The recent transformation of the Memphis and Shelby County Music Commission will likely shift into a higher gear in the coming months. After a rocky and largely ineffectual first several years of existence, the commission essentially hit the "reset" button after the resignation last fall of its first and only president and CEO, Elvis cohort Jerry Schilling.
Under the guidance of new chairperson Phil Trenary, the commission has partnered with local business group Memphis Tomorrow (which is providing funding and some guidance) and The University of Memphis (which is crunching the data) to do something that likely should have been done from day one: conduct an economic-impact survey and needs assessment for the local music scene.
"People know how much money the Grizzlies are pumping into the economy, but no one knows about the impact of our music scene," says interim director Joann Self, a freelance grant writer and consultant who worked under Schilling at one time and was lured back, reluctantly at first, to help direct the commission's rebirth. Self says the study will not only demonstrate the impact of music-related activity on the local economy but set a benchmark by which the commission's future successes (or failures) can be gauged. Along with the economic impact study, the commission and Memphis Tomorrow have been holding focus groups with different segments of the music community.
Dubbed Get Loud!, the initiative is in the latter stages of gathering facts and opinions. The deadline for individuals to participate in the online, anonymous "economic and opinion" survey is June 15th. (The survey can be found on the commission's Web site at Memphismusic.org). According to Self, the University of Memphis is likely to issue the findings of the study in late June or in July. This could coincide with another announcement -- the hiring of a new president and CEO for the commission, a decision that is expected sometime in June.
The Jazz Foundation's World-Class Jazz Series, sponsored by the Tennessee Arts Commission, returns this week with a show at a new location, CafÇ Soul, the recently opened jazz bar in the South Main Arts District. The featured attraction will be Calvin Newborn, jazz guitarist extraordinaire and scion of one of Memphis' most notable music families. Newborn will lead Calvin Newborn's Jazz Guitar Allstars -- which also includes Charlton Johnson, Gerard Harris, and Ed Finney -- through two sets on Saturday, May 31st. The first set will be at 7:30 and the second set is scheduled for 10 p.m.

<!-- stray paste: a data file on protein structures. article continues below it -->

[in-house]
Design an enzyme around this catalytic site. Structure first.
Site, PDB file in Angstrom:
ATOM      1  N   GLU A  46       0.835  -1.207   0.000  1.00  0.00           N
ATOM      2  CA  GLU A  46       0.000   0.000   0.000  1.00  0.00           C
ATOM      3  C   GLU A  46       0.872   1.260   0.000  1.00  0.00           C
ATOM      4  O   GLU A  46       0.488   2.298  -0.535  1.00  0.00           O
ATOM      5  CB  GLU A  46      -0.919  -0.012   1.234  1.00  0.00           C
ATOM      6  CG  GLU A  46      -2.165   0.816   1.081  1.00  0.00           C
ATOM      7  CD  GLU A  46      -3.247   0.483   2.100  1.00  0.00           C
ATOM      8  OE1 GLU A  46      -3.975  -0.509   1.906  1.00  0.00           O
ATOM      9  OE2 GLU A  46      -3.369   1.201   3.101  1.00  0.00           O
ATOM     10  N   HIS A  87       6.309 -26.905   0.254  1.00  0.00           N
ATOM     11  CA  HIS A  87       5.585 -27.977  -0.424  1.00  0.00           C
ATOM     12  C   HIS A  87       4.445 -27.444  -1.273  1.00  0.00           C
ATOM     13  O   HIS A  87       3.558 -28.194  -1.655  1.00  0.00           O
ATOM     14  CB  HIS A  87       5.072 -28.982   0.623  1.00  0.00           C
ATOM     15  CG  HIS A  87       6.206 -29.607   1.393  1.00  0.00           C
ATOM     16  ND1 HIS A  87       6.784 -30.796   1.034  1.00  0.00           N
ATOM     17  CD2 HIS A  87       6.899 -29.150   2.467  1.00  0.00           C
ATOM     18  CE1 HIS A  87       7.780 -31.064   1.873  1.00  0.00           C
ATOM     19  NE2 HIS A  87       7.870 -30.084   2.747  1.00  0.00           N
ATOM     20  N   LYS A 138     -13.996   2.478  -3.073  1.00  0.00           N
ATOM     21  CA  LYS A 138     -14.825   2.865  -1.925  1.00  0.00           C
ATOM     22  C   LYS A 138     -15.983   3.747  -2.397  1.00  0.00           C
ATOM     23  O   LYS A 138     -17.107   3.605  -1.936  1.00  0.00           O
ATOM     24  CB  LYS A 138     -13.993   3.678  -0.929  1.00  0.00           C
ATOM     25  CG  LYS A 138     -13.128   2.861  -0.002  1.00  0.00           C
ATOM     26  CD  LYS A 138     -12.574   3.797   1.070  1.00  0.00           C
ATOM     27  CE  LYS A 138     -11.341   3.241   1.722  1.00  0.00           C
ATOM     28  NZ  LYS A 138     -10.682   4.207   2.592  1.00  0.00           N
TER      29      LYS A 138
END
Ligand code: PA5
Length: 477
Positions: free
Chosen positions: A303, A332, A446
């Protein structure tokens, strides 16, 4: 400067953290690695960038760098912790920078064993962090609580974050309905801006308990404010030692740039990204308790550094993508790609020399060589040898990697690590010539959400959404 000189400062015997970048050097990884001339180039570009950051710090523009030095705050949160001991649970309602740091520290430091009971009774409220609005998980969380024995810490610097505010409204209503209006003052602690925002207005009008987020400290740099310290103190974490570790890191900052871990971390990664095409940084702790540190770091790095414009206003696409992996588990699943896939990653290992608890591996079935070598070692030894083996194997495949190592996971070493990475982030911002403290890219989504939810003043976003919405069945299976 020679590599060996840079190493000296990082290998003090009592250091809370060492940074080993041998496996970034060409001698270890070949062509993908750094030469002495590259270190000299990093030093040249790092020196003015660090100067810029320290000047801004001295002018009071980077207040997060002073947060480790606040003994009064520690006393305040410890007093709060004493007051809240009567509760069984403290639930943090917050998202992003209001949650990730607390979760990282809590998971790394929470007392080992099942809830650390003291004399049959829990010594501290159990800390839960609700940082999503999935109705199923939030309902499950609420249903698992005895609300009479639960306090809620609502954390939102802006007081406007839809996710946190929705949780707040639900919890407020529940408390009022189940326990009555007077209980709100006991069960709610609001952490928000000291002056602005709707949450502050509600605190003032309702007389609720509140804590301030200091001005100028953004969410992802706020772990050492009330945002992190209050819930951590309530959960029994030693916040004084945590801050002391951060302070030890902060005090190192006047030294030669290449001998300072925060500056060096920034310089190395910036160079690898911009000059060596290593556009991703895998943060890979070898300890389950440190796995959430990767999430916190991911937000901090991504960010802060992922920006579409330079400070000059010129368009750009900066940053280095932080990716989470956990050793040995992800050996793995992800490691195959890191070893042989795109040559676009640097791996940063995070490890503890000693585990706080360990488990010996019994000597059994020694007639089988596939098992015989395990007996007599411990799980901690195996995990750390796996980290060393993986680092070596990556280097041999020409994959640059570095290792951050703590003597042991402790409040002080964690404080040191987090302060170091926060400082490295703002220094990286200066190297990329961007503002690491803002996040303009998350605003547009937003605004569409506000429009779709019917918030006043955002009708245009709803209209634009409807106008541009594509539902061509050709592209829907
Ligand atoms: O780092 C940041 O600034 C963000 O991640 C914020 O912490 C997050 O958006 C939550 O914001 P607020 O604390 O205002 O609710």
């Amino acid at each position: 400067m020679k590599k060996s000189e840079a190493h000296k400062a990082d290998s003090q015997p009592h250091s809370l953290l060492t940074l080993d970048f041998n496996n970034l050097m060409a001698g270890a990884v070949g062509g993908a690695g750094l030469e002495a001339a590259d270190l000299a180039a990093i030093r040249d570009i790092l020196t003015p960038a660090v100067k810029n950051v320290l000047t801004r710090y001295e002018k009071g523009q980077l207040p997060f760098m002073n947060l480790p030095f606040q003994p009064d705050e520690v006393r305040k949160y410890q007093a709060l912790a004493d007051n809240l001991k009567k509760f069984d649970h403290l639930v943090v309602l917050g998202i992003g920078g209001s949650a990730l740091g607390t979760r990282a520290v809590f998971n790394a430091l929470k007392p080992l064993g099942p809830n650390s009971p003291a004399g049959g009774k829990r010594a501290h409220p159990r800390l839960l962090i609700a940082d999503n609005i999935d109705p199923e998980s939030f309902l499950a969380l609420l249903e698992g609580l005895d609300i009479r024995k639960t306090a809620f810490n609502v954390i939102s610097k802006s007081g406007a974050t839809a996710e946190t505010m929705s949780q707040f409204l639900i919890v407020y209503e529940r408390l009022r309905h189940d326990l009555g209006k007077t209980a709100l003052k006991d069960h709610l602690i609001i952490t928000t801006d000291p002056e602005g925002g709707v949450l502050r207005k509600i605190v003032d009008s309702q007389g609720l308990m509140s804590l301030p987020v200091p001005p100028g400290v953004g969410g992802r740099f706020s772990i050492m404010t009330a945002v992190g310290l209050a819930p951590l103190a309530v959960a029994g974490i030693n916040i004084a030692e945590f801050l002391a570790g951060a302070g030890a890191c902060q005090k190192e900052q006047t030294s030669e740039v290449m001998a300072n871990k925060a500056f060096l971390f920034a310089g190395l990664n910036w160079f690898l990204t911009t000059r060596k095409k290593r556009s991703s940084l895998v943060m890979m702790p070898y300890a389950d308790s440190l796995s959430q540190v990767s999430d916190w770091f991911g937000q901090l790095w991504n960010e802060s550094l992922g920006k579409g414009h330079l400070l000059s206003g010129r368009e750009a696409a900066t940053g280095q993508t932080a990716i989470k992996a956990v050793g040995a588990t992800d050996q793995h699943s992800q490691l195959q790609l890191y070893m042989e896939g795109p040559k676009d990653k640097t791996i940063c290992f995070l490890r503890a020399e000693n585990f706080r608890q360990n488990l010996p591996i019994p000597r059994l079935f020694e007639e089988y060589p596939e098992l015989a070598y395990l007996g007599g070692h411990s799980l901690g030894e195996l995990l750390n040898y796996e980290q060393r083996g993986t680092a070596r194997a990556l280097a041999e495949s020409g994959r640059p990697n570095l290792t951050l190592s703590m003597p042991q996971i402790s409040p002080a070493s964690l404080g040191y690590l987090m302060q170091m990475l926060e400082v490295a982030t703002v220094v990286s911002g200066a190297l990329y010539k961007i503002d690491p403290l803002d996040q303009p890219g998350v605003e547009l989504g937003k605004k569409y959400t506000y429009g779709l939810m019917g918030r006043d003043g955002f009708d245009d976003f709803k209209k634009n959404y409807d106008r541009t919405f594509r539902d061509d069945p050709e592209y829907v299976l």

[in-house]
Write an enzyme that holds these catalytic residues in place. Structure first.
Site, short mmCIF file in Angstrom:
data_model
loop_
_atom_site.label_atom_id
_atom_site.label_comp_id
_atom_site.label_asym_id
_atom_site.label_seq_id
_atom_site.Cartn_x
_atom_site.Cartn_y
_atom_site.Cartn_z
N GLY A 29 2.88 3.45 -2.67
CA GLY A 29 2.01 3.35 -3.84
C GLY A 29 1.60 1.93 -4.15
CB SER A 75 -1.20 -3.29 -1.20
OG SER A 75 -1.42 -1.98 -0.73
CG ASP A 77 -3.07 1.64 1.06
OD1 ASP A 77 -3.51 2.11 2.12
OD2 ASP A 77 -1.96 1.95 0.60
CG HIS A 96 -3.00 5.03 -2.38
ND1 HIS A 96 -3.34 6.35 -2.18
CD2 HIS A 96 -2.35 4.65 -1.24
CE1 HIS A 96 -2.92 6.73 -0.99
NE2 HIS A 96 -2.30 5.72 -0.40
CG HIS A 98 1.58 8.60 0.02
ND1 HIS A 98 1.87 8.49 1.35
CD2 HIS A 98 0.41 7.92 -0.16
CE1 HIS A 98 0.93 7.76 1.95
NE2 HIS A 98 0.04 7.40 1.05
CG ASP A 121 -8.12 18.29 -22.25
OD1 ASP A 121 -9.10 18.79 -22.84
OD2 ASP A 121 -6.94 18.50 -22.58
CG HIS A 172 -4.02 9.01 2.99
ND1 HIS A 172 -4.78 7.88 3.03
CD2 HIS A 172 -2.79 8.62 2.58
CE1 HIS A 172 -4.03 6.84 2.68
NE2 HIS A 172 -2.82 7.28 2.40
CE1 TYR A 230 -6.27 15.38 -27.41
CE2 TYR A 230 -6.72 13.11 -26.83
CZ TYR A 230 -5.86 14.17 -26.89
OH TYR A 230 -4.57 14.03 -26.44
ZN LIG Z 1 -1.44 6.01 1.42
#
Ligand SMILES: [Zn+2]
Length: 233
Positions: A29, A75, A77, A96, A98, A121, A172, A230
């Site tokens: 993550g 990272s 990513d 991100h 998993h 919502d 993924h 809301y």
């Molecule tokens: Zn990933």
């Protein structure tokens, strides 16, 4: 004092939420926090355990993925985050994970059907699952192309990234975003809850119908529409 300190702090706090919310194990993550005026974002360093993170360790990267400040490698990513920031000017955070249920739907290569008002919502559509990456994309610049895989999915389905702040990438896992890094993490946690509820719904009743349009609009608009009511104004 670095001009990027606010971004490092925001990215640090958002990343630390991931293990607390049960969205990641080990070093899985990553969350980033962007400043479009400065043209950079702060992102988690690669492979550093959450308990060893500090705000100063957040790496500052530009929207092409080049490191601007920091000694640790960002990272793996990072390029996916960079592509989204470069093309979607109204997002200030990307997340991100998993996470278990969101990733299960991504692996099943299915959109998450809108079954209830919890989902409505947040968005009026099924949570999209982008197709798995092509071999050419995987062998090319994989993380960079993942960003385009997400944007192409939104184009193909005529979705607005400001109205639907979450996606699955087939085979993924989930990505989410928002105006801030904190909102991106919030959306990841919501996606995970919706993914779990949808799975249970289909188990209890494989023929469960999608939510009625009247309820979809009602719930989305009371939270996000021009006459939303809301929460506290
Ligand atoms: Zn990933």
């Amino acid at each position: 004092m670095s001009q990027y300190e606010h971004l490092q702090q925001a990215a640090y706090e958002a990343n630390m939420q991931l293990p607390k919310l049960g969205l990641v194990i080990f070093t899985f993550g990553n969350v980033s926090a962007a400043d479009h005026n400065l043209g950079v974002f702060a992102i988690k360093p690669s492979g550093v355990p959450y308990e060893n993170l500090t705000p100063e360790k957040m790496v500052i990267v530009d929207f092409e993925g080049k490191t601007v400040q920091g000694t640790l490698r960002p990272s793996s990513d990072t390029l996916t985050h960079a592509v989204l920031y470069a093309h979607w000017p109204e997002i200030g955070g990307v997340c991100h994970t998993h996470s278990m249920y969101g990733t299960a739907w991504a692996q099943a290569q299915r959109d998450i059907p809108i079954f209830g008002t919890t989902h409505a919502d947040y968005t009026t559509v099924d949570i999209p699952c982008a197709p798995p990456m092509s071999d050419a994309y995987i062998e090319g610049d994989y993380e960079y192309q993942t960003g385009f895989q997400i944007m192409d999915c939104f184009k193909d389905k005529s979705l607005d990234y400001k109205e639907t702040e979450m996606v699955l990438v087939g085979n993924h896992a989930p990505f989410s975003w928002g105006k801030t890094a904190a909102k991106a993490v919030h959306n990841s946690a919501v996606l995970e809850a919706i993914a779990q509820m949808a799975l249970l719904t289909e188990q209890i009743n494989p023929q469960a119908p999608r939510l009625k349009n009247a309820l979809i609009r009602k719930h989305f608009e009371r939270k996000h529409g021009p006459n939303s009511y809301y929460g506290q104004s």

Advance tickets are available at Davis-Kidd Booksellers and the Memphis Drum Shop or through the World-Class Jazz Series (725-1528). Table or bar seating is $15, or $10 for students. Newborn will also conduct a free clinic at the venue in the afternoon. Those interested in the clinic are encouraged to call the WCJS at the aforementioned number for more information.
The Blues Foundation-sponsored W.C. Handy Blues Awards were conducted last Thursday, May 22nd, at The Orpheum and with fairly familiar results. Perennial winner B.B. King upset comeback kid Solomon Burke for the big prize, Entertainer of the Year, though Burke did take home two Handys. Other multiple winners were blues-scene superstar Shemekia Copeland, who won in three categories, and onetime Memphian Charlie Musselwhite, who brought home two trophies. The complete list of winners follows:
Entertainer of the Year --B.B. King; Band of the Year --Magic Slim & the Teardrops; Album of the Year -- Talking to Strangers (Shemekia Copeland); Song of the Year -- "Let It Rain" (W.C. Clark, Bobby Boyd, and John Gray Gregson); Best New Artist Debut --Live at the Wetlands (Robert Randolph); Contemporary Male Artist --Charlie Musselwhite; Contemporary Female Artist --Shemekia Copeland; Contemporary Album --Talking to Strangers (Shemekia Copeland); Soul Male Artist -- Solomon Burke; Soul Female Artist --Etta James; Soul Album --Don't Give Up on Me (Solomon Burke); Traditional Male Artist -- R.L. Burnside; Traditional Female Artist -- Koko Taylor; Traditional Album --35th Anniversary Jam (James Cotton); Acoustic Artist --John Hammond; Acoustic Album -- The Memphis Barbecue Sessions (Big Jack Johnson); Comeback Album -- Return of a Legend (Jody Williams); Historical Album --Born Under a Bad Sign (Albert King); Guitar -- Duke Robillard; Keyboards -- Pinetop Perkins; Harmonica -- Charlie Musselwhite; Bass -- Willie Kent; Drums --Willie "Big Eyes" Smith; Horns --Roomful of Blues; Other --Clarence "Gatemouth" Brown (violin).
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